Advertorial from Citroën

Perfect electric family transport with Citroën ë-Berlingo

Last year we joined forces with Citroën to introduce electric vans to support vendors. Now, motoring journalist Vicky Parrot finds out if the ë-Berlingo can cut it as a family car.

Big Issue Citroën ë-Berlingo test drive with motoring Journalist Vicky Parrott Fordingbridge, Hampshire

Advertorial from Citroën

A road test or review of the Citroën ë-Berlingo would be a useful way to learn about how the car drives, the official figures and much more. Living with one is a whole other question: are my groceries going to roll around wildly on the way back from doing ‘A Big Shop’, and where did that can of beans go? Can I wipe the upholstery clean of the pressed in chocolate and crisp crumbs that will – against all laws of physics – gather underneath the kids’ car seats? How easy is it to get grumpy children in and out of said car seats?

Living with the Citroën ë-Berlingo: a day-to-day experience

I set out to answer all of these routine life questions and many more when I lived with the boxy-yet-cute, all electric Citroën ë-Berlingo; something that we were able to do courtesy of Big Issue’s partnership with Citroën, which is working on an ongoing basis to roll out electric vans onto Big Issue’s fleet of delivery and frontline outreach vehicles. But using a van for commercial van purposes is one thing. What of a van for family motoring?

From commercial use to family motoring

That’s right, I called it a van, and I do so with no shame. In fact, I do so with real delight as I absolutely love a van. They have high, comfy driving positions, masses of glass area for great visibility, and vast boots that will better any SUV or estate for roominess and practicality. After all, a cuboid shape will always be the most efficient use of space – just ask a mathematician.

Vicky’s vehicle:

CITROËN Ë-BERLINGO ELECTRIC M 50KWH

Price from: £32,315 / £399pm

Powertrain: 136bhp electric motor, front-wheel drive, auto

0-62mph: 11.5secs

Battery: 50kWh lithium-ion

Range: Up to 177 miles WLTP (174 on the version tested)

 3 THINGS THAT WE LOVED

1 Sliding doors: a game-changer for access

2 Vast boot: Bikes, industrial equipment… You name it, it fitted

3 Compact size: Bigger inside than most huge SUVs, yet small and wieldy on the road

Perfect family transport

It’s also worth pointing out that the ë-Berlingo uses the same platform and running gear as Citroën’s passenger vehicles so, despite its van-ish roots, it drives like a car. Quiet, comfy and relaxing. Perfect family transport. Let’s not forget the ë-Berlingo’s sliding doors, too.

Versatility, practicality and camping adventures

The next big challenge was a trip to work with my husband, who is an industrial painter and routinely goes around laden down with ladders, spray guns, and many chunky, mysterious boxes that I assume hold very important tools…

Charging and range: living with the electric Citroën ë-Berlingo

As for the range in between charges? We routinely got 3.0m/kWh (which is mpg for electric cars) from the Citroën – good for 120 to 140-ish miles to a charge in wintry conditions, or less in cold weather if you’re on the motorway. Spring eventually sprang towards the end of my time with the ë-Berlingo, which saw more clement weather and a real-world range of 160 miles or more.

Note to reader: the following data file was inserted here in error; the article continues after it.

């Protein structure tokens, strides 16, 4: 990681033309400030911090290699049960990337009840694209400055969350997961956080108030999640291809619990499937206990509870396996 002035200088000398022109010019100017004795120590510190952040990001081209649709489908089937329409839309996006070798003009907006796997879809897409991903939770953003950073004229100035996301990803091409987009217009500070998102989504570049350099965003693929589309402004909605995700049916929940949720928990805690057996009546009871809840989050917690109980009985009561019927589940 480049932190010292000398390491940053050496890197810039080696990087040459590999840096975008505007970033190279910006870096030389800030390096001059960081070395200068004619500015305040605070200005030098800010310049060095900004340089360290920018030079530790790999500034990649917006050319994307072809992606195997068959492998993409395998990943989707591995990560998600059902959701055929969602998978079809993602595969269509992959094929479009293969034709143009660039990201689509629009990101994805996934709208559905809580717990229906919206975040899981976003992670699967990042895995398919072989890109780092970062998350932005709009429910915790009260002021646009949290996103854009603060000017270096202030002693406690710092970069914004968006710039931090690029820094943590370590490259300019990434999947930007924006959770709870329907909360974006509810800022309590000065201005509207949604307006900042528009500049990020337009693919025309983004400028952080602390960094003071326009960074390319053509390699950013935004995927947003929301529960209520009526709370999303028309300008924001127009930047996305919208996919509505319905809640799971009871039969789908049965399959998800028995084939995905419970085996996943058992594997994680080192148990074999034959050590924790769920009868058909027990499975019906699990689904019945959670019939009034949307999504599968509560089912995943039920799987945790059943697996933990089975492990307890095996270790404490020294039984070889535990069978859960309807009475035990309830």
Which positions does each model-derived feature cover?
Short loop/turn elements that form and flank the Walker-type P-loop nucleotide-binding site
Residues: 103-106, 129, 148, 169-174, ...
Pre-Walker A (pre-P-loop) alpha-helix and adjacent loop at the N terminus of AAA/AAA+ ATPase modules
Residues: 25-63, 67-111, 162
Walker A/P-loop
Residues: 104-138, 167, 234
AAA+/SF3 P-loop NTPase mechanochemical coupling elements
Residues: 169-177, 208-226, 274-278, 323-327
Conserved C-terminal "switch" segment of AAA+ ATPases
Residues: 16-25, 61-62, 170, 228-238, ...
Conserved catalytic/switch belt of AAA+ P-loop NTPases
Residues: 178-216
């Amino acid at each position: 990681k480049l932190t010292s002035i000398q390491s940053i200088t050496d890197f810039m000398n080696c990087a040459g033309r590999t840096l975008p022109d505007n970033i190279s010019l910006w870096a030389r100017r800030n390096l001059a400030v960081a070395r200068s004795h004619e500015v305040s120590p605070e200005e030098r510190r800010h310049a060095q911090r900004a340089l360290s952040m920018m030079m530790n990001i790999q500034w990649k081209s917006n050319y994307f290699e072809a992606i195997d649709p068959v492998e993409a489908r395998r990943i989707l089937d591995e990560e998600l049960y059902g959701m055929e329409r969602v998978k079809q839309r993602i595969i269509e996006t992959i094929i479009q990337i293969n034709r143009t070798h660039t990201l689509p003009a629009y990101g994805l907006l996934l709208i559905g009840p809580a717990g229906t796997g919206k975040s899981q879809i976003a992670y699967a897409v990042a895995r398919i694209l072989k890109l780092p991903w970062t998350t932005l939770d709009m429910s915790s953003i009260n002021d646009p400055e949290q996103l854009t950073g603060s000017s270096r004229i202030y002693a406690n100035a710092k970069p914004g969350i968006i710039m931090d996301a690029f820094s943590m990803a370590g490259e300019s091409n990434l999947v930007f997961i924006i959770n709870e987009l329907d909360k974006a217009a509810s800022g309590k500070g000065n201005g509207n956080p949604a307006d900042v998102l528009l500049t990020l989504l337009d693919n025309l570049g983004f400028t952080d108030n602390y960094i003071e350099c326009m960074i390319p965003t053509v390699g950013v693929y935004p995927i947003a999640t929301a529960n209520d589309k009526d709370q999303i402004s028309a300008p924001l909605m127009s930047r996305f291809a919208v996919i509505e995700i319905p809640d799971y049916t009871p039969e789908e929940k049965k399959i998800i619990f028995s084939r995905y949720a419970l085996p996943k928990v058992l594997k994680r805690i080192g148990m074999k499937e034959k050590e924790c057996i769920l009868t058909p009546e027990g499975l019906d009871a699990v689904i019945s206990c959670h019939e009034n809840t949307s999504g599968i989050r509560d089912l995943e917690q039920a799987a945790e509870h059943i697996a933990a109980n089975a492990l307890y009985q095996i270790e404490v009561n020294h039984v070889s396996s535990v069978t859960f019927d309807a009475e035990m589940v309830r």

The pet-friendly electric vehicle

The rest of the time, it’s trips to the shops, afterschool clubs and walks with the dog – who absolutely loves the ë-Berlingo. The load lip is so low that she can jump in and out really easily despite being slightly arthritic, and she has space to lie down and stand up comfortably despite her being a big, leggy 32kg dog.

Overall, having lived with the ë-Berlingo, there’s no doubt that a family car doesn’t get more practical. The end. On a daily basis there was something – whether it was the better access, bigger boot, greater storage space, better visibility or otherwise – that made it clear just how much more convenient the ë-Berlingo is than any ‘normal’ hatchback. The only difficulty now is how we live without it.

A beginners guide to rapid charging

Rapid charging an electric car can be nerve-wracking for the uninitiated, but there are now rapid chargers along every major route in the UK, so here’s what you need to know:
You don’t need to provide a cable to rapid charge; all rapid chargers have the cable attached to the charging station.

Big Issue Citroën ë-Berlingo test drive with motoring Journalist Vicky Parrott Fordingbridge, Hampshire ©Exposure Photo Agency


► Almost every new electric car in Europe and the UK uses the same rapid charging socket – called a CCS socket – and are compatible with the vast majority of rapid chargers that you find in services and EV charging hubs.

► Payment is, by law, now by ‘tap-and-go’ card payment on public chargers, so you don’t need to register or use a phone app.

► EVs will show you where public chargers are on their nav map – as the Citroën will – or you can use one of the third-party phone apps or even the map apps on your phone, so finding chargers is easier than ever.


► Stopping for short, 10-15 minute top ups every 90 minutes or so is a great, hassle free way to travel long distances in an EV, especially as every electric car will charge more slowly when it gets to 80% charge and above, so more frequent, shorter stops to charge up to around 70-80% is often quicker, and takes the range anxiety out of proceedings.

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